It is pretty much a foregone conclusion that anyone with even the slightest affinity for the straight up speedy and fun filled heaviness that has long been a staple of the harder side of the German power metal scene will probably like most of what is on here. This isn't quite up to the same caliber as the recent output of Primal Fear and Mystic Prophecy, largely because it opts for a less varied approach and presents a picture somewhat closer to Tim Owens' infamous one-off solo project Beyond Fear and the dark horse third offering of the same vocalist's former band Winter's Bane in Redivivus (which was auspiciously fronted by Alex Koch, whom Mario Pastore sounds remarkably similar to). All the same, this is a band that knows its own strengths and caters to them all but to a fault, culminating in an album that is musically competent on all fronts, yet vocally spectacular to the point of outclassing Mystic Prophecy in said respect. There are many flame-ridden monsters out there reaping destruction upon the metropolis of mainstream society, but this one definitely makes enough of a distinctive mark to be worth the time of even the casual consumer of German-tinged heavy metal, albeit from Brazil.

Average, by every stretch of the word - 50%

Andromeda_Unchained, October 15th, 2013

The End Of Our Flames is the sophomore effort from Mario Pastore and his eponymous project. Taking a relatively standard heavy/power metal approach, Pastore and the boys dish out eleven tracks of vocally driven, riff based metal which certainly springs to mind German acts such as Primal Fear or Sinner.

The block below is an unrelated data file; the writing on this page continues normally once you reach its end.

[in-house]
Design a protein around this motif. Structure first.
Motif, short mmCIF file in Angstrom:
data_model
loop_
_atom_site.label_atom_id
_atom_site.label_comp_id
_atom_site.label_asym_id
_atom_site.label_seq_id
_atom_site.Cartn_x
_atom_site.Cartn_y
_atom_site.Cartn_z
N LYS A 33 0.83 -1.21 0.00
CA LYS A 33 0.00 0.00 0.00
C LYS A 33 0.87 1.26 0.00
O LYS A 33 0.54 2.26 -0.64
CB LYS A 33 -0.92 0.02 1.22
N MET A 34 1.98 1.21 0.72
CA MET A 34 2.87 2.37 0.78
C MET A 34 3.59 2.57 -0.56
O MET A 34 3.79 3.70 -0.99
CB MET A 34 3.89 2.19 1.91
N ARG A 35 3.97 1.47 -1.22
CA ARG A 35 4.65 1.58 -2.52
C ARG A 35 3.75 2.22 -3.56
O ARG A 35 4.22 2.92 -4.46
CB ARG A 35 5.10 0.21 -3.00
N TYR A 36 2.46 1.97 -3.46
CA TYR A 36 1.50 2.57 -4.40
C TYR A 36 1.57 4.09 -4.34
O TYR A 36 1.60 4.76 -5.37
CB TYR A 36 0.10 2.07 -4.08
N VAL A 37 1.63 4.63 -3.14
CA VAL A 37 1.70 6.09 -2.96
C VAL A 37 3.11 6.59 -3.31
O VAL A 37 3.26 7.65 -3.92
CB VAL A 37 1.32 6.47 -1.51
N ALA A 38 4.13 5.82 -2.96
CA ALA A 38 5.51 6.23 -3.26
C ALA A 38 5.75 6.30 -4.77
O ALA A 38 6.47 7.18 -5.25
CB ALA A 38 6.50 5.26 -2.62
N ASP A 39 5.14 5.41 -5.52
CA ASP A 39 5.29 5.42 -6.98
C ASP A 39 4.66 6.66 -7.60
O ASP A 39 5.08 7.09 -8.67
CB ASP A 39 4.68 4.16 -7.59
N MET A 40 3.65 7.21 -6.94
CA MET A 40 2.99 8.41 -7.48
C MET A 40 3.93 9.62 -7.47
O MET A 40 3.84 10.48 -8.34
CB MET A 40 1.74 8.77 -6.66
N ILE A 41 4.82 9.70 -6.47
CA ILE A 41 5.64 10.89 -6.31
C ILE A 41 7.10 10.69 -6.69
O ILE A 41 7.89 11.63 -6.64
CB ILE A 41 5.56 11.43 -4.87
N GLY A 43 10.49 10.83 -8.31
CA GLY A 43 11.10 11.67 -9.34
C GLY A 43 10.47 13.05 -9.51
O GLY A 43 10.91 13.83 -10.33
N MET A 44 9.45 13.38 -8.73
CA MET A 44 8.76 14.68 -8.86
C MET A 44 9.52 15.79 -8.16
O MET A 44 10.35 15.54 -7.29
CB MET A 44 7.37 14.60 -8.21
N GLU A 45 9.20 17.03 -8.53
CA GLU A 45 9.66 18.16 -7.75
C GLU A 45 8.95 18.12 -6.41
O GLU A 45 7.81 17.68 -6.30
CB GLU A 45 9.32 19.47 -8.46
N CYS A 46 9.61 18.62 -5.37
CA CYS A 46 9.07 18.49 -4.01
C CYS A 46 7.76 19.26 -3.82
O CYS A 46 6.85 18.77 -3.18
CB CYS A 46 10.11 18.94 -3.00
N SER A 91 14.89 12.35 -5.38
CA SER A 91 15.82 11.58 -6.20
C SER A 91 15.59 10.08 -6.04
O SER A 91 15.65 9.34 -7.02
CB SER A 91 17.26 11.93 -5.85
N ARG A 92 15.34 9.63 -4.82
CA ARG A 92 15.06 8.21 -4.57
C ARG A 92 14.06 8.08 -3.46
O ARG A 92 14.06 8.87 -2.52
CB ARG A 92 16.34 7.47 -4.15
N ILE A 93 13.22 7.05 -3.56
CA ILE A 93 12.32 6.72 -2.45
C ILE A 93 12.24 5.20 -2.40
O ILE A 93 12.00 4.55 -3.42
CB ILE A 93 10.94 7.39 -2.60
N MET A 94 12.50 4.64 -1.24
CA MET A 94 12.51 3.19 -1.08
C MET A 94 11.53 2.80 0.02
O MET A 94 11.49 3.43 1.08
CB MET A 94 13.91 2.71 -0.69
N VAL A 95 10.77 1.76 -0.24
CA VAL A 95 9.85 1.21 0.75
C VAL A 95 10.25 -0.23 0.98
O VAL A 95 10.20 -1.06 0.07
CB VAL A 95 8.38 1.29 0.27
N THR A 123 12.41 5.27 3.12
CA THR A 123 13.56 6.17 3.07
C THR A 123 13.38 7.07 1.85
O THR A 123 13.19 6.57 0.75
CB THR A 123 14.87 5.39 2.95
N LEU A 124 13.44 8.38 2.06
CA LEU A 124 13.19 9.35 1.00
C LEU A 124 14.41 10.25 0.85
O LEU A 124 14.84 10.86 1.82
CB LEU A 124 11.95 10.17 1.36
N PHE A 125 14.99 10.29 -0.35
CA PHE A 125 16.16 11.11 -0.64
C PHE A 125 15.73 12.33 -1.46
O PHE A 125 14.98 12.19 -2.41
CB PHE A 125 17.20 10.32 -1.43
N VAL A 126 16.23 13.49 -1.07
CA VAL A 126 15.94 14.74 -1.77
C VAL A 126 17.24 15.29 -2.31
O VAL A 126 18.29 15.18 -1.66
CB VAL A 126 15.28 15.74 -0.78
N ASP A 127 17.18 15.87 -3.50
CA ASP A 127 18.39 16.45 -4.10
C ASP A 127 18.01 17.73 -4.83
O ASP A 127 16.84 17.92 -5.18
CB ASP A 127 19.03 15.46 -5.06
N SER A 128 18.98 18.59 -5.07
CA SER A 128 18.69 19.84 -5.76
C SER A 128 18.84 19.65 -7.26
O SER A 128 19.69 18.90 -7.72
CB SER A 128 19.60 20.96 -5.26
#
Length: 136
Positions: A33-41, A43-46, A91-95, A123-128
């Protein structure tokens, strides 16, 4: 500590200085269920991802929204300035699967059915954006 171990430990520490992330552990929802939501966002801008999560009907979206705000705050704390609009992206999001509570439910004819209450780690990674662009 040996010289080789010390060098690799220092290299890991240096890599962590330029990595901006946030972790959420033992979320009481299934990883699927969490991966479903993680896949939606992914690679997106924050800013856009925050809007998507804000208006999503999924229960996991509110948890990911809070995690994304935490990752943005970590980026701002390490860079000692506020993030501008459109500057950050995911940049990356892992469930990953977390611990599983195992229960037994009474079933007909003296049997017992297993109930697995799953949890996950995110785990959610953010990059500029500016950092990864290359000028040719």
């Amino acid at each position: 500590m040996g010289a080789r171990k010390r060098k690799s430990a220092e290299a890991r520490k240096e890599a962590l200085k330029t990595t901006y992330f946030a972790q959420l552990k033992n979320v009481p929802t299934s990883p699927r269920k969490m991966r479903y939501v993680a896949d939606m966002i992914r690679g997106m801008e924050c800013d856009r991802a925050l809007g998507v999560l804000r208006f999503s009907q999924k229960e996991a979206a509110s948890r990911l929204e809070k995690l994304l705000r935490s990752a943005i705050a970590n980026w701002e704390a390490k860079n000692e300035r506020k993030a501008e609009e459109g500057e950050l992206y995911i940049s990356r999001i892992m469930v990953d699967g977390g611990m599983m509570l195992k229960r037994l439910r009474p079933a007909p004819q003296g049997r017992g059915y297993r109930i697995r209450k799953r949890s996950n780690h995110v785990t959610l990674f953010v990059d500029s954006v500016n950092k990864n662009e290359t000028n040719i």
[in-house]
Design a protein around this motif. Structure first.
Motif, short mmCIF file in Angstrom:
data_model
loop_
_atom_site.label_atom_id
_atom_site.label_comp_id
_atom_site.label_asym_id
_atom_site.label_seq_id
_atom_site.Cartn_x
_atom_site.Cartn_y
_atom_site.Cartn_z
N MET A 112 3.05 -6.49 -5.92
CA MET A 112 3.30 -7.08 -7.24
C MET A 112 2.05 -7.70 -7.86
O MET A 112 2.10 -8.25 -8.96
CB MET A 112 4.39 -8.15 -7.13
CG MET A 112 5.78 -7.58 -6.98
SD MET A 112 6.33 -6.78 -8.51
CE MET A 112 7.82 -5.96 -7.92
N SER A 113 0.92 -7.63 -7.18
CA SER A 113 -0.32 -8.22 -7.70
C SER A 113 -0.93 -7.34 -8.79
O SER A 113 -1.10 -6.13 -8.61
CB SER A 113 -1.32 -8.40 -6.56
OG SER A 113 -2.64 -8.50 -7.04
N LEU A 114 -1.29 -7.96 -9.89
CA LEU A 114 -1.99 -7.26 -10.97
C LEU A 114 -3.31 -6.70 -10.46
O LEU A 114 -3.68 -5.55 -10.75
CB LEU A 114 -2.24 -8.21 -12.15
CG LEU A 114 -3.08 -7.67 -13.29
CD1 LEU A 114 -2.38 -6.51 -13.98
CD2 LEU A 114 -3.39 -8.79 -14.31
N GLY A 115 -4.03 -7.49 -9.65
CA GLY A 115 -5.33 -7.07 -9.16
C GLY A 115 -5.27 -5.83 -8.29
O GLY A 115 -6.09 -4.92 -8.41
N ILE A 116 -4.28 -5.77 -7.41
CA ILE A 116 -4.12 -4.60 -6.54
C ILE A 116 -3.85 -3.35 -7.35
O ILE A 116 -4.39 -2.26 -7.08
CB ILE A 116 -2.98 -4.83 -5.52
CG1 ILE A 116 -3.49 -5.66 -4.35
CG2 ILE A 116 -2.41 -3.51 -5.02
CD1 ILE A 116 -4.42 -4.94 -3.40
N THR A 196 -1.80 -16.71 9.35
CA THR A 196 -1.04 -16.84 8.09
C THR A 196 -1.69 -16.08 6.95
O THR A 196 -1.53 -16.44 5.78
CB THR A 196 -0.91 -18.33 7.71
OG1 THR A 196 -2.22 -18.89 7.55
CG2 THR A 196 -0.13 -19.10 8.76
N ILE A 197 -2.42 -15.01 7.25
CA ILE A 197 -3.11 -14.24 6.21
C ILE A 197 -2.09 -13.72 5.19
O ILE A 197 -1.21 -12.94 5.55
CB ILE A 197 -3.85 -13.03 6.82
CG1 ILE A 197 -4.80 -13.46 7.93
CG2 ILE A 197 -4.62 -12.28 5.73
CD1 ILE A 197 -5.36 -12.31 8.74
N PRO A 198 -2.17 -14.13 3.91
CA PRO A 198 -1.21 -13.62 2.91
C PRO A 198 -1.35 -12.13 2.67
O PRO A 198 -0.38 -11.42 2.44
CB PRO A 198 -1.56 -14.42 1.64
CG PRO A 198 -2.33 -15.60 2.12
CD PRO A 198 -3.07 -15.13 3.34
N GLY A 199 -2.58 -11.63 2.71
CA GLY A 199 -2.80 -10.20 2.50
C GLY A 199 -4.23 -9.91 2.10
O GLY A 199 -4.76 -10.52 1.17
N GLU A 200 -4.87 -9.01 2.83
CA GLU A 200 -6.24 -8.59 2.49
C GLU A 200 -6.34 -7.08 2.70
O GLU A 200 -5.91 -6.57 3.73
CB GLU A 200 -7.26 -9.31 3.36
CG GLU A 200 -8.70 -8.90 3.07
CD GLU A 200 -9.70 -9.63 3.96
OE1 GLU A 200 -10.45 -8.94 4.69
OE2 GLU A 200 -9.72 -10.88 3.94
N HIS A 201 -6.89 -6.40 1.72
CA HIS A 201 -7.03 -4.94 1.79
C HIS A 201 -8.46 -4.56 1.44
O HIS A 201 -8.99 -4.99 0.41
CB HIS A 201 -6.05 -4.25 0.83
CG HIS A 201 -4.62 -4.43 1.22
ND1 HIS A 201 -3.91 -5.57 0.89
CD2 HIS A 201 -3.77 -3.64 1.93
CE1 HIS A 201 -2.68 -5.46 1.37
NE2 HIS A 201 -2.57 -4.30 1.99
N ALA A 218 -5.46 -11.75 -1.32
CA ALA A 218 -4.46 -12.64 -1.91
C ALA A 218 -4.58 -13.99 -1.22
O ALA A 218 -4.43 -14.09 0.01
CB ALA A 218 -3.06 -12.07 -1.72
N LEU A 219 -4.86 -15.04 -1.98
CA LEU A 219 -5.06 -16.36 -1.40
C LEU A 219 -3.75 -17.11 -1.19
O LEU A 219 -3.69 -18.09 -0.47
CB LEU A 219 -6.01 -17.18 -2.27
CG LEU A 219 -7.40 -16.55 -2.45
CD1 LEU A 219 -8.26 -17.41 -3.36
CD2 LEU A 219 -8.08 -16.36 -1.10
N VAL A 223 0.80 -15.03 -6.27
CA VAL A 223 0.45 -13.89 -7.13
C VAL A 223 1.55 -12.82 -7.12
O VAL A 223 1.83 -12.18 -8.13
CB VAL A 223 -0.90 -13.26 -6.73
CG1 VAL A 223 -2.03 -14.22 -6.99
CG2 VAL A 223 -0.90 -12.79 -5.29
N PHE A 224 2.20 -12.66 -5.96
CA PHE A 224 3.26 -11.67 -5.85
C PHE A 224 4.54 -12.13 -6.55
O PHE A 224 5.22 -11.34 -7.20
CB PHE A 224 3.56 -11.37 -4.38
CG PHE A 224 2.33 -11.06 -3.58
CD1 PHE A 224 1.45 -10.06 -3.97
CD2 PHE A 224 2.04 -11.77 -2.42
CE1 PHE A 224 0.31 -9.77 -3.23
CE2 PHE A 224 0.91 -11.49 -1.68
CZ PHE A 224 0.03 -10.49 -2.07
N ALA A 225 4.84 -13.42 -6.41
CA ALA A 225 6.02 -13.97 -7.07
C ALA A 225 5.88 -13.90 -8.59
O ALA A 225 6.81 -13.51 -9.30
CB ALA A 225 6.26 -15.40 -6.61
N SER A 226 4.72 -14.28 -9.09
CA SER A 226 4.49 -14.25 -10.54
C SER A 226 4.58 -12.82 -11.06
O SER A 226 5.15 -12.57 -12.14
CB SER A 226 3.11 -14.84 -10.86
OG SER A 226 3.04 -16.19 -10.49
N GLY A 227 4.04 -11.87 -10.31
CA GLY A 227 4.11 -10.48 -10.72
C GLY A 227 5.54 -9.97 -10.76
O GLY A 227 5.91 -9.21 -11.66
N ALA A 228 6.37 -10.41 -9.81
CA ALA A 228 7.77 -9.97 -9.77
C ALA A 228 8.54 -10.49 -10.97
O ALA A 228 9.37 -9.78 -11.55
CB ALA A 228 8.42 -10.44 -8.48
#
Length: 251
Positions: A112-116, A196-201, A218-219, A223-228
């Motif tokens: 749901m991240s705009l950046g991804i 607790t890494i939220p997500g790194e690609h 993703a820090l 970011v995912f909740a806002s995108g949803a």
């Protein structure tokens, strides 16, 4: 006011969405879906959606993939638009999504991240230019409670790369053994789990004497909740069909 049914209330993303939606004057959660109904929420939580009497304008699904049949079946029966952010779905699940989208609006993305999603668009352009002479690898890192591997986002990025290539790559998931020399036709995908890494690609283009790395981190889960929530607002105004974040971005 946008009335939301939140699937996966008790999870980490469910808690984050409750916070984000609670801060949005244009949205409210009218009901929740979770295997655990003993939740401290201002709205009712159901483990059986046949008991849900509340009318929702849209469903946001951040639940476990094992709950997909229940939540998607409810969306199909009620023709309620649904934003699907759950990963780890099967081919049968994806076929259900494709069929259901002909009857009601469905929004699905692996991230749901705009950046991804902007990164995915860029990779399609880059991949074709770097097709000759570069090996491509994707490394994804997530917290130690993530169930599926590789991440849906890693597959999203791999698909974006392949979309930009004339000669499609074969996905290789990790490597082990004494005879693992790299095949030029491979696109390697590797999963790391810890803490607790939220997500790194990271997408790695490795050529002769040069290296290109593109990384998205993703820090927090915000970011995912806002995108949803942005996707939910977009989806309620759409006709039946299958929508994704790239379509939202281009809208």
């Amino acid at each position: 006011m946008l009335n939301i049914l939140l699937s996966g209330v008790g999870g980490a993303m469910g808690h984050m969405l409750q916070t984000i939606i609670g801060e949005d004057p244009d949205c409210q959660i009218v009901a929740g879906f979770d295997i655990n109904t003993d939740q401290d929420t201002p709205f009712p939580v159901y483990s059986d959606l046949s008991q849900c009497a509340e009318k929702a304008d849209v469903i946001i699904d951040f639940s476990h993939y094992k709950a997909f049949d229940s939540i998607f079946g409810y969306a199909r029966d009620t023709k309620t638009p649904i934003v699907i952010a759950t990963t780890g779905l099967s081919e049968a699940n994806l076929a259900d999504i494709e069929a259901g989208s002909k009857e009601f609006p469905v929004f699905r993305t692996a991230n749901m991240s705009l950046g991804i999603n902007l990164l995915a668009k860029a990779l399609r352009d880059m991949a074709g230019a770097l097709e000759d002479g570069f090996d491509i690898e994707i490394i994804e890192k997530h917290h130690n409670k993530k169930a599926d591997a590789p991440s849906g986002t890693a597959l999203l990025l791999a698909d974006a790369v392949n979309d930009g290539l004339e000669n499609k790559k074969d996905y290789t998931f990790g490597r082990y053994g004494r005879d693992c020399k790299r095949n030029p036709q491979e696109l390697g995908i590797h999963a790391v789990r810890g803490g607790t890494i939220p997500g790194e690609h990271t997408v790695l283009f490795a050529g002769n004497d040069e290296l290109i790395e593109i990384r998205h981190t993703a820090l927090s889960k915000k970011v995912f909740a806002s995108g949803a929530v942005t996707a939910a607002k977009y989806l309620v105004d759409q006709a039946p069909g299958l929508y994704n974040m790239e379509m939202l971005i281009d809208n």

Mario Pastore is undoubtedly the star of the show here on The End Of Our Flames and his performance is passionate and powerful, with his style coming off as a blend between Ralf Scheepers and Edu Falaschi which is as great as it sounds. The music itself is as prior hinted, fairly standard in its approach; with concise riff driven tracks which afford little time for instrumental showcasing. Each instrument keeps in check with the song, allowing for the main focus to be on the vocals, which with a singer as good as Mario can be understood, although I’d have preferred a little more depth.

Whilst the majority of the tracks are well done, and enjoyable enough, I don’t feel Pastore serve up anything to really get your teeth into, or even leave a lasting impression. You can happily sit through The End Of Our Flames nodding on your head to each track, although once the closing note of “The World Is Falling” rings out, I’m sure you would be as hard pressed as I am, to remember any particular moment across the album.

Coupling the lack of memorable material with the deficiency in depth, The End Of Our Flames leaves me cold despite the overall talent displayed. In fact, I’d say this sounds to me more a solo album than it does a band effort, and if you’re at all familiar with solo efforts from the likes of Ralf Scheepers, or even Jorn Lande then you can be sure of what to expect here. Solid at best.